The Story of Thought: (The Essential Guide To The History of Western Philosophy)
by Bryan Magee
Publisher: DK Publishing / QPB edition; 1st edition (1998)
The author, Bryan Magee, is best known -- at least in England -- for his television series on philosophy, "Men of Ideas," "Thinking Aloud," and "The Great Philosophers." I knew nothing about them when I was given "The Story of Thought" for Christmas. I only know that this is a wonderful book.
In highly readable and lively text accompanied by beautiful pictures, Magee describes the development of Western philosophy by examining and sampling the works of its main proponents, from Socrates to Sartre.
In each vignette Magee highlights the philosopher's main ideas... Don't worry, Magee takes the main philosophical theme apart and reassembles it in modern (and understandable) language.
That's one of the two greatest features about this book: Magee's ability to explain what these great philosophers had to say. It's pretty widely accepted that if you delve into philosophy you rapidly become hip-deep in obscure and difficult language and definitions. Magee points out the philosophers who were most guilty of writing in dense and undigestible prose: most of Fichte's writings, for example, "were extremely obscure," and Immanuel Kant, called by many the most outstanding philosopher since the Greeks, "was not an attractive writer."
However Magee reveals that many philosophers wrote beautifully: Thomas Hobbes was "trenchant and agressive;" Rene Descartes was "a superlative writer;" William James had "an exceptionally pleasing style."
"The Story of Thought" makes you believe that you'd like to study philosophy yourself. Magee makes it attractive and relevant to the way we live. In his hands it becomes much more than a tortured explanation of why we exist or what thought really is. Magee shows us that, "Philosophy begins when human beings start trying to understand the world, not through religion or by accepting authority but through the use of reason."
The second great feature of the book is based on the fact that Magee is obviously an art lover. "The Story of Thought" is beautifully illustrated and, frankly, I keep coming back to it because of the pictures. There are close to 400 illustrations: paintings, sculpture, photographs, book covers, and diagrams in this 240 page book. But the pictures support the text in the best way, by conveying difficult ideas in visual terms and by putting faces to these deep thinkers.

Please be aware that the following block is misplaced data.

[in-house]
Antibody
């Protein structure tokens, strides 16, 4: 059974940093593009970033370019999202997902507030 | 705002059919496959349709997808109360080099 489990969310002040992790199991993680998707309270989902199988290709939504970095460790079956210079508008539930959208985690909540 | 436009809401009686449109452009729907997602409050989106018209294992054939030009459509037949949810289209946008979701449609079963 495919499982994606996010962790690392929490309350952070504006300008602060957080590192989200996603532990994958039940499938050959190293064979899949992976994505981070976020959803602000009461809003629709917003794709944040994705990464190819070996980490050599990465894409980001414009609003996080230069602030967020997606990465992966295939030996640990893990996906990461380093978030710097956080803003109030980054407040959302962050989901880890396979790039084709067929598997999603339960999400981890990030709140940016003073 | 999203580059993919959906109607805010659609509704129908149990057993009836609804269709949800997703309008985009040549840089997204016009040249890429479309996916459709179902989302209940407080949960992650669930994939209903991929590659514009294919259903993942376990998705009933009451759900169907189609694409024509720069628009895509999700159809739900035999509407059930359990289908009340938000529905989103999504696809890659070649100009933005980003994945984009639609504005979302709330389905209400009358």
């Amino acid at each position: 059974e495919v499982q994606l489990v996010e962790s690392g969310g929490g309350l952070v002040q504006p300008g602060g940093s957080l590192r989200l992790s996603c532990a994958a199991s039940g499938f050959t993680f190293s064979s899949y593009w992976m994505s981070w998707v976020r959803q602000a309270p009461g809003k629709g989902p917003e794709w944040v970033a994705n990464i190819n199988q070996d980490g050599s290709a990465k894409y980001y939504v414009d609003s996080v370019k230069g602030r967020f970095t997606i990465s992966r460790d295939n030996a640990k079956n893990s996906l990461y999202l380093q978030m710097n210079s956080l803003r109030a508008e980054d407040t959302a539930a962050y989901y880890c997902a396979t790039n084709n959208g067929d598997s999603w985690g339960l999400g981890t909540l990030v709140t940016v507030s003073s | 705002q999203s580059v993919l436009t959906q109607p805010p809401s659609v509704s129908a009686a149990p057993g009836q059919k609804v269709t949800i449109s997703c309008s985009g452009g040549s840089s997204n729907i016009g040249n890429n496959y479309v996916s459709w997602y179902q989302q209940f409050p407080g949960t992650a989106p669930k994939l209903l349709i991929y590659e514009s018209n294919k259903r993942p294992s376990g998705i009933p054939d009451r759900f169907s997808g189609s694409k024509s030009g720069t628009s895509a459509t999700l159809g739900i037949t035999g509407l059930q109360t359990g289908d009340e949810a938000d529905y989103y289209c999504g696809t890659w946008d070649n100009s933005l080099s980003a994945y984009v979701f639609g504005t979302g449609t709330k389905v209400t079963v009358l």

Magee illustrates the power of the ideas in his examination of each philosopher. For example John Locke influenced the American and the French revolutions; Rousseau argued that feelings should replace reason; and, of course, Galileo and Newton whose experiments and scientific ideas shape everything in modern life.
Magee reserves some of his most piercing analysis for Karl Marx. The largest revolutions in history, in Russia and China, were sparked by Marxist theory. Many intellectuals in Third World countries were attracted to Marx's concepts of central planning and modernization. By the mid-20th century about a third of the world's people was under the sway of Marxist government.
The power of Marxism is not in doubt; but Magee details how it proved to be fundamentally unsound... Today the most serious Marxist ideas are found only in art as social criticism.
- "What is justice?" – Socrates
- "Man is by nature a political animal" – Aristotle
- "Lord make me chaste, but not yet" – Saint Augustine
- "Entities should not be multiplied unnecessarily" – William of Ockham
- "But it still moves, just the same" – Galileo
- "If I have seen further it is by standing on the shoulders of giants" – Newton
- "It is much safer for a prince to be feared than loved" – Machiavelli
- "...the life of man, solitary, poor, nasty, brutish, and short" – Hobbes
- "I think therefore I am" – Descartes
- "The true aim of government is liberty" – Spinoza
- "The soul is the mirror of an indestructible universe" – Leibniz
- "Reason is the slave of the passions" – Hume
- "Man was born free, and everywhere is in chains" – Rousseau
- "Out of the crooked timber of humanity no straight thing can ever be made" – Kant
- "Architecture is frozen music" – Schelling
- "Man owes his entire existence to the state" – Hegel
- "Religion is the opium of the people" – Marx
- "God is dead" – Nietzsche
- "The secret of happiness is to face the fact that the world is horrible, horrible, horrible" – Russell
- "The supreme paradox of all thought is the attempt to discover somthing that thought cannot think" – Kierkegaard
- "Hell is other people" – Sartre
- "How can we be sure we are not impostors?" – Lacan
"The Story of Thought" shows us the origins of the ideas we now take for granted and helps us to understand why all of these people thought the way they did.
Voltaire gave us a wonderful reason for studying philosophy: "Superstition sets the whole world in flames; philosophy quenches them." Bryan Magee in "The Story of Thought" reveals not only the source of the flames but how vital and refreshing it can be to quench them.